To control resistance to treatments, and to give yourself a backup, using two different fungicides typically provides best results. 

All three fungicides listed above are widely available and approved for residential use.  However, note that they are all only topical - none of them are curative fungicides or systemic fungicide. To control diseases you may want to add one or more systemic fungicides to your arsenal. Recommendations for these change annually and are based on observed resistance. In addition, many require licensing, although they are widely available on sites like DoMyOwn.com. For 2023, we are using this IMF guide as a starting recommendation.

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  • Eric Schrader on

    F-EW – with regard to spraying Kumulus DF – you should always follow the compete label instructions, including PPE. I think I found the label online, and on page 3 it lists dilutions for various diseases per 100L, so just dividing that by 100 and you get 0.75g per Liter for powdery mildew.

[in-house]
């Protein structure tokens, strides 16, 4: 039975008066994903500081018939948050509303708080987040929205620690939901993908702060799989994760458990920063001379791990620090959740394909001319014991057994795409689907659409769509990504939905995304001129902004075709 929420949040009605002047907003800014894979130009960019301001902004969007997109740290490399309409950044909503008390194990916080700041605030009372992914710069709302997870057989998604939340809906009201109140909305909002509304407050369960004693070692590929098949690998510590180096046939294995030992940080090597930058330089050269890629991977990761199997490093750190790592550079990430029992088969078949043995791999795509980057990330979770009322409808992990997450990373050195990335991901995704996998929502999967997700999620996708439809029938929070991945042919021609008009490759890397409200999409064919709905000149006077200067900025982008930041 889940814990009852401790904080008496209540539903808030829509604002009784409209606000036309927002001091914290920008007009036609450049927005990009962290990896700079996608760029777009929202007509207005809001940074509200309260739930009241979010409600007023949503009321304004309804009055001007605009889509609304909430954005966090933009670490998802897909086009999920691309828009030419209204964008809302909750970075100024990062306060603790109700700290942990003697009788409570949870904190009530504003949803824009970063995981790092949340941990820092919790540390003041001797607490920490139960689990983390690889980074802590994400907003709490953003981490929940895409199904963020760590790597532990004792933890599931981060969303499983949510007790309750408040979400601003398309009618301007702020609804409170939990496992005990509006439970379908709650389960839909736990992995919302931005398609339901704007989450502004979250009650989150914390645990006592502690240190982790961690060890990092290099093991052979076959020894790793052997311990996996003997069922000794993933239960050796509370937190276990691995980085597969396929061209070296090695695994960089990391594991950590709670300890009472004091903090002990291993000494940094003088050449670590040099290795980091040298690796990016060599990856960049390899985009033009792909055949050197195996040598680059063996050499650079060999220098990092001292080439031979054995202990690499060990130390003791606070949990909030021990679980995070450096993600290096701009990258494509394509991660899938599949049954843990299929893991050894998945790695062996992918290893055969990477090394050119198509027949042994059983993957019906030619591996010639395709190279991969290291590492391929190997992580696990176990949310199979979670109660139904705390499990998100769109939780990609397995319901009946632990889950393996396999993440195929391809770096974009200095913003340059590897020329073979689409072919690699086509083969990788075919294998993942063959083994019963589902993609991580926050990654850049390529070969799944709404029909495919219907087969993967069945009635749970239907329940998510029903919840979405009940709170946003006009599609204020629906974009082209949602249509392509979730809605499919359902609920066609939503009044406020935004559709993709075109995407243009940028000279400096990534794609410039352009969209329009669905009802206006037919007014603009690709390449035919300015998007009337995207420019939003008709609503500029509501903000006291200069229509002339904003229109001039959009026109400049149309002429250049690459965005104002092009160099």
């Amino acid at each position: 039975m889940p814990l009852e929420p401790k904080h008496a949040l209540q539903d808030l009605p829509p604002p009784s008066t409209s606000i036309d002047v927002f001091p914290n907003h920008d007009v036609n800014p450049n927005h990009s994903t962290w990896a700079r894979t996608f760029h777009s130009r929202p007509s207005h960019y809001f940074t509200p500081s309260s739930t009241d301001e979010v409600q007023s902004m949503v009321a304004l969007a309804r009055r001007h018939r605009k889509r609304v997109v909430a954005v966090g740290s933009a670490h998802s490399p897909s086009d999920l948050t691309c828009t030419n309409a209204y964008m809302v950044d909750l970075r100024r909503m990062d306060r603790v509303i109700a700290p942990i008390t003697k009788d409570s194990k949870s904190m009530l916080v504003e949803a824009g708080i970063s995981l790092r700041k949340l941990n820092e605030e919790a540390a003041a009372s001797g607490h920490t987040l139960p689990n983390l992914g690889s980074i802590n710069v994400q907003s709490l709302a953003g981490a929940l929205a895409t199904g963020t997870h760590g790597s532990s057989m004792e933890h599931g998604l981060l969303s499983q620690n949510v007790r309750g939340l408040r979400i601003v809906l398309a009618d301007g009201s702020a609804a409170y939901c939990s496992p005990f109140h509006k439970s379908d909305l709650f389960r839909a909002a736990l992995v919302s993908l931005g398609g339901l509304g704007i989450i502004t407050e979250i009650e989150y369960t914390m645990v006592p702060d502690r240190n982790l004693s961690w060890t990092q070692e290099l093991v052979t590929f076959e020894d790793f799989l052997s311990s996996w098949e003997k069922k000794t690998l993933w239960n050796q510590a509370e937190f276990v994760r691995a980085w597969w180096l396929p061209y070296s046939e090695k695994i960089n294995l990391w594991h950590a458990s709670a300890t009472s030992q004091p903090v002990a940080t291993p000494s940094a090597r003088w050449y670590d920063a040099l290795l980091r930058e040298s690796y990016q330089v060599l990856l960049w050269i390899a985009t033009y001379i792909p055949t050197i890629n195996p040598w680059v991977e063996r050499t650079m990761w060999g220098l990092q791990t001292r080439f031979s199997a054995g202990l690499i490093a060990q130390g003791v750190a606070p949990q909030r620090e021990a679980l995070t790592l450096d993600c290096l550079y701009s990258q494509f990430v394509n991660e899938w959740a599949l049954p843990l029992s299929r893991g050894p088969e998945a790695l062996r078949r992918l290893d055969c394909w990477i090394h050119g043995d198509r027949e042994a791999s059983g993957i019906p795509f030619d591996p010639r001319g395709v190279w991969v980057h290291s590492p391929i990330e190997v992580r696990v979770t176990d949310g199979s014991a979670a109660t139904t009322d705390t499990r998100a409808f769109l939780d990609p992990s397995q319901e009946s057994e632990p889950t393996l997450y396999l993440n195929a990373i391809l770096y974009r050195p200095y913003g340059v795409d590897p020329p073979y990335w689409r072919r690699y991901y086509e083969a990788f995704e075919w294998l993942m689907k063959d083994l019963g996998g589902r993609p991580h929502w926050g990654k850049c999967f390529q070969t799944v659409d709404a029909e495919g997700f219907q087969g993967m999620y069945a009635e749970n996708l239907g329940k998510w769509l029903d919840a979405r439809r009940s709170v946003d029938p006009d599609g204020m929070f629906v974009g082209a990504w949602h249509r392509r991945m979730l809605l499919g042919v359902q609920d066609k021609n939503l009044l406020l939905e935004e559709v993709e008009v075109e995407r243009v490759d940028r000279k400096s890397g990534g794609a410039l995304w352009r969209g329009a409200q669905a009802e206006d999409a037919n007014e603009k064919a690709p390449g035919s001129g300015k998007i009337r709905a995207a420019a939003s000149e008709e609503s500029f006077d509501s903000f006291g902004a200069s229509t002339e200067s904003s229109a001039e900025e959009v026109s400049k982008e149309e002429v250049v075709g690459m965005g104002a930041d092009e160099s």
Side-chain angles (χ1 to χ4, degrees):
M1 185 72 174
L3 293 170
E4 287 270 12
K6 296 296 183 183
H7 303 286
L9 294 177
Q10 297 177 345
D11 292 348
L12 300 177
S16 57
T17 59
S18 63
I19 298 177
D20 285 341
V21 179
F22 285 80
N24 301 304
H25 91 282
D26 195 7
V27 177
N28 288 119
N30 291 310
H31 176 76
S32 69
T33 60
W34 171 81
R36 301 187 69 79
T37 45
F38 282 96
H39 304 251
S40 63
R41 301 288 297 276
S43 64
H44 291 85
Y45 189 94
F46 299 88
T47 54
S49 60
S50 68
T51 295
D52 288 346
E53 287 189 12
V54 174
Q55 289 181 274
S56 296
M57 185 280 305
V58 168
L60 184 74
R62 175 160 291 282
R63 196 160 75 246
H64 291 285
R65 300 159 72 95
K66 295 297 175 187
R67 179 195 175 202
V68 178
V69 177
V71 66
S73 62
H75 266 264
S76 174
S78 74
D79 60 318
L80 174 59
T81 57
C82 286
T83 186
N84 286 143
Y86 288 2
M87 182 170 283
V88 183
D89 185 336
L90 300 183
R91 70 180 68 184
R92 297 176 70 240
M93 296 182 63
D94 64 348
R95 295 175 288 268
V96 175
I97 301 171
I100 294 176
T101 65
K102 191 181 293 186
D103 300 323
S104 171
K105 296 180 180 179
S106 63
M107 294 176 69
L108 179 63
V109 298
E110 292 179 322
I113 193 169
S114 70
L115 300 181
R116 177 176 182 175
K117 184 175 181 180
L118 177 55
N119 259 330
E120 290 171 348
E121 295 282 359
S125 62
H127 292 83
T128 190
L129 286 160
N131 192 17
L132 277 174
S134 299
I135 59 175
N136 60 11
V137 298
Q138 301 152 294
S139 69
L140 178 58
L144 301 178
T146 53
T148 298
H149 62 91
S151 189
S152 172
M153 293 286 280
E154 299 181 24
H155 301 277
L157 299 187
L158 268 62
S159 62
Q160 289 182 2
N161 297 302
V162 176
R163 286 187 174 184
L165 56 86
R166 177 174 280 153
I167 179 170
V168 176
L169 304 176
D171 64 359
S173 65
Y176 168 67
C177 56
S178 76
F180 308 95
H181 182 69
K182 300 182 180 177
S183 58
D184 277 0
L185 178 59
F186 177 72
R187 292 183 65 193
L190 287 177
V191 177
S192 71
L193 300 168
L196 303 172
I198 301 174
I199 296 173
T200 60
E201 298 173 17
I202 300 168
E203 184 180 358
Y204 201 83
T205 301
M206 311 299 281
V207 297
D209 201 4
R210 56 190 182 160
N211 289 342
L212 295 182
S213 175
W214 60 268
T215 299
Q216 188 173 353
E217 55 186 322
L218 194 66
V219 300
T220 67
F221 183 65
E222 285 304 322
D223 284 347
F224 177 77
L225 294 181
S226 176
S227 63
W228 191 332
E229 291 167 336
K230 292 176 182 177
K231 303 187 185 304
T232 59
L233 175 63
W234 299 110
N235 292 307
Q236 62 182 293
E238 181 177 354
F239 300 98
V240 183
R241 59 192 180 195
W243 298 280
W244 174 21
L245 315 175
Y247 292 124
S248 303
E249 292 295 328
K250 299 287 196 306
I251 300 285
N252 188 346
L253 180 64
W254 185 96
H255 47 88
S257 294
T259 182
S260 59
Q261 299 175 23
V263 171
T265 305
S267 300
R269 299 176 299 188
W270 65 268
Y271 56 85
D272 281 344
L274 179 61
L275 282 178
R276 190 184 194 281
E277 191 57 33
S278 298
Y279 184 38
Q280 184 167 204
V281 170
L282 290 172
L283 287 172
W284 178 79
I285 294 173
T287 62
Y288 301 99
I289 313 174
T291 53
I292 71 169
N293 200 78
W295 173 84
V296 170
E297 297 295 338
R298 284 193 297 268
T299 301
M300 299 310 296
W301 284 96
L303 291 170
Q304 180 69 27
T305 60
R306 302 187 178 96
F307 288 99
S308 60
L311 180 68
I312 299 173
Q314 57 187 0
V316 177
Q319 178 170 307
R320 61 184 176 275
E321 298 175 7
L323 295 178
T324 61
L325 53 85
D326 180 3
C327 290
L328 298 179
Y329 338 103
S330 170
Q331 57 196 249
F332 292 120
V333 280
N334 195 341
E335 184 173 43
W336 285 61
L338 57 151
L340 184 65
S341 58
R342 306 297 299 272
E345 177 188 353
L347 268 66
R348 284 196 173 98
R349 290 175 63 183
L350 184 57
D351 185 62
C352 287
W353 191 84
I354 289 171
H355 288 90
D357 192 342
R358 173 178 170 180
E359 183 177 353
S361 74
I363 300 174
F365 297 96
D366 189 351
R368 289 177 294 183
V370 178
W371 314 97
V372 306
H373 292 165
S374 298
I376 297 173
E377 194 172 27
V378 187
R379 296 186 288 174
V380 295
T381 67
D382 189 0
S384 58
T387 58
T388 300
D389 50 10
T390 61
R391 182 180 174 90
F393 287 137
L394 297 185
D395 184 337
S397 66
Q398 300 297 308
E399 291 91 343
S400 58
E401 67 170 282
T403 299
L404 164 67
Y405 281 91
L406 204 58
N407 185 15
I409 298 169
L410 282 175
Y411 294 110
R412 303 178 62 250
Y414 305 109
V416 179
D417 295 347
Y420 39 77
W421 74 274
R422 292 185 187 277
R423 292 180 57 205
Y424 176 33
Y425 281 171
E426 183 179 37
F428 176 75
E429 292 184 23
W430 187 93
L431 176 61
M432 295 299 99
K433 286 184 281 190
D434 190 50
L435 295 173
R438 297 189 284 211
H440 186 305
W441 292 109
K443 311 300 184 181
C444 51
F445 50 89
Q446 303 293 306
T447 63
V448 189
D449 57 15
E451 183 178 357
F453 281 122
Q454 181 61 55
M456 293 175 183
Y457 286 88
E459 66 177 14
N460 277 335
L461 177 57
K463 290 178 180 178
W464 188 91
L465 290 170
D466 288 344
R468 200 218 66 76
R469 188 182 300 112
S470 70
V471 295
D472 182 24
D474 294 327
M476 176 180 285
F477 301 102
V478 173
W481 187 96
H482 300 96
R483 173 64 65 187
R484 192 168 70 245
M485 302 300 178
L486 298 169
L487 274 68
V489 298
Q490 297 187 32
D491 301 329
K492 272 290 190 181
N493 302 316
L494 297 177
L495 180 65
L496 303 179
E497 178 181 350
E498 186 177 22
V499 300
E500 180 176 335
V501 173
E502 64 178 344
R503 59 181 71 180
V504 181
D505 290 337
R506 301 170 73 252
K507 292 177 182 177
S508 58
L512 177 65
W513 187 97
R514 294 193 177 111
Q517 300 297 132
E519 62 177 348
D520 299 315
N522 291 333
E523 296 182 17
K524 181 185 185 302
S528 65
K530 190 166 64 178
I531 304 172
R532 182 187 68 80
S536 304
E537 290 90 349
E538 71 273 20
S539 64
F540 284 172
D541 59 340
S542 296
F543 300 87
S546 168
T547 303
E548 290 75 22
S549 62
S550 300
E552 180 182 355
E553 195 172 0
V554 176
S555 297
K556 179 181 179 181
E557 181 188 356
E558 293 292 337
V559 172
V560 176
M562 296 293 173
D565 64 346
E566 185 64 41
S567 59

• F-EW on

    I just bought a bottle of Kumulus DF by Nelson Garden to use against my crab apple seedlings that are infected with powdery mildew. My problem is that the instructions are meant for full-grown trees. So, how do I know how often I should spray them?

  • Bonsaify on

    Hi John – I tend to avoid Neem because I don’t like the way it can damage Juniper foliage and discolor other trees. If I was going to use it, I would apply it and then rinse it off (which is how it’s used as an insecticide) which probably wouldn’t help with fungus. – Eric

  • John Jarrett on

    Has anyone used Neem oil?

  • Eric Schrader on

    Frances – there is a fungus called black spot – and the name is accurate – using copper or daconil should help prevent infection of new leaves. Propiconazole as a systemic would also work. Or check the link to the IMF guide above – Orkestra is the current go-to in the nursery industry. (also systemic.)